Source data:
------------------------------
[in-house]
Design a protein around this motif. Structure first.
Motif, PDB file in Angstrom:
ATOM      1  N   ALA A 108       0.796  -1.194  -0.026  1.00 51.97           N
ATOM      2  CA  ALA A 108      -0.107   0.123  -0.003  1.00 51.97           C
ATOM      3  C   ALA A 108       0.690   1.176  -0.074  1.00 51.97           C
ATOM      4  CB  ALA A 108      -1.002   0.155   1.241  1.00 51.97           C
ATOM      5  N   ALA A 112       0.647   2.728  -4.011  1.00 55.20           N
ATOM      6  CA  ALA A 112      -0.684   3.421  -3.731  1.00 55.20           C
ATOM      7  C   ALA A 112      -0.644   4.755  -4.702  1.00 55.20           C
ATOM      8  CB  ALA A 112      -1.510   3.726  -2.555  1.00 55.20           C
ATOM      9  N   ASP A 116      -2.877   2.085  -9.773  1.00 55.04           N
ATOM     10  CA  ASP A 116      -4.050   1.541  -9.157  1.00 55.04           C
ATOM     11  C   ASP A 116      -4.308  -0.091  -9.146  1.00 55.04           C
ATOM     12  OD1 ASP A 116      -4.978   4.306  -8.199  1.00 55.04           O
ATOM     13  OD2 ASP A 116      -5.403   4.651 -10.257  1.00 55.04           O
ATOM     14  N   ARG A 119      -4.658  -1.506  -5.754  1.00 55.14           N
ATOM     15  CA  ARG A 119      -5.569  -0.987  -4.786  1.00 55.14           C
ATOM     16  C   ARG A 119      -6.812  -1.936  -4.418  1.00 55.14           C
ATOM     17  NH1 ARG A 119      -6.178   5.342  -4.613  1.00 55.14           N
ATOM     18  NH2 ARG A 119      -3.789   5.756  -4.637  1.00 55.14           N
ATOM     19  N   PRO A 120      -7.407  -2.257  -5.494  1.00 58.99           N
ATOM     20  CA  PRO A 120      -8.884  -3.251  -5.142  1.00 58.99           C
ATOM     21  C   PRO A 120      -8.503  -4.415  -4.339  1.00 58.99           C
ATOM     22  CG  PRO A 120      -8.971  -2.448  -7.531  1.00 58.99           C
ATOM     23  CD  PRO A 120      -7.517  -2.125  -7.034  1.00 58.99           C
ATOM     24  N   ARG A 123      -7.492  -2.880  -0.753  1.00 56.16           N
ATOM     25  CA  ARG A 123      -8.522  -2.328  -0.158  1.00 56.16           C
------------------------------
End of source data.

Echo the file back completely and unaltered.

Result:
[in-house]
Design a protein around this motif. Structure first.
Motif, PDB file in Angstrom:
ATOM      1  N   ALA A 108       0.796  -1.194  -0.026  1.00 51.97           N
ATOM      2  CA  ALA A 108      -0.107   0.123  -0.003  1.00 51.97           C
ATOM      3  C   ALA A 108       0.690   1.176  -0.074  1.00 51.97           C
ATOM      4  CB  ALA A 108      -1.002   0.155   1.241  1.00 51.97           C
ATOM      5  N   ALA A 112       0.647   2.728  -4.011  1.00 55.20           N
ATOM      6  CA  ALA A 112      -0.684   3.421  -3.731  1.00 55.20           C
ATOM      7  C   ALA A 112      -0.644   4.755  -4.702  1.00 55.20           C
ATOM      8  CB  ALA A 112      -1.510   3.726  -2.555  1.00 55.20           C
ATOM      9  N   ASP A 116      -2.877   2.085  -9.773  1.00 55.04           N
ATOM     10  CA  ASP A 116      -4.050   1.541  -9.157  1.00 55.04           C
ATOM     11  C   ASP A 116      -4.308  -0.091  -9.146  1.00 55.04           C
ATOM     12  OD1 ASP A 116      -4.978   4.306  -8.199  1.00 55.04           O
ATOM     13  OD2 ASP A 116      -5.403   4.651 -10.257  1.00 55.04           O
ATOM     14  N   ARG A 119      -4.658  -1.506  -5.754  1.00 55.14           N
ATOM     15  CA  ARG A 119      -5.569  -0.987  -4.786  1.00 55.14           C
ATOM     16  C   ARG A 119      -6.812  -1.936  -4.418  1.00 55.14           C
ATOM     17  NH1 ARG A 119      -6.178   5.342  -4.613  1.00 55.14           N
ATOM     18  NH2 ARG A 119      -3.789   5.756  -4.637  1.00 55.14           N
ATOM     19  N   PRO A 120      -7.407  -2.257  -5.494  1.00 58.99           N
ATOM     20  CA  PRO A 120      -8.884  -3.251  -5.142  1.00 58.99           C
ATOM     21  C   PRO A 120      -8.503  -4.415  -4.339  1.00 58.99           C
ATOM     22  CG  PRO A 120      -8.971  -2.448  -7.531  1.00 58.99           C
ATOM     23  CD  PRO A 120      -7.517  -2.125  -7.034  1.00 58.99           C
ATOM     24  N   ARG A 123      -7.492  -2.880  -0.753  1.00 56.16           N
ATOM     25  CA  ARG A 123      -8.522  -2.328  -0.158  1.00 56.16           C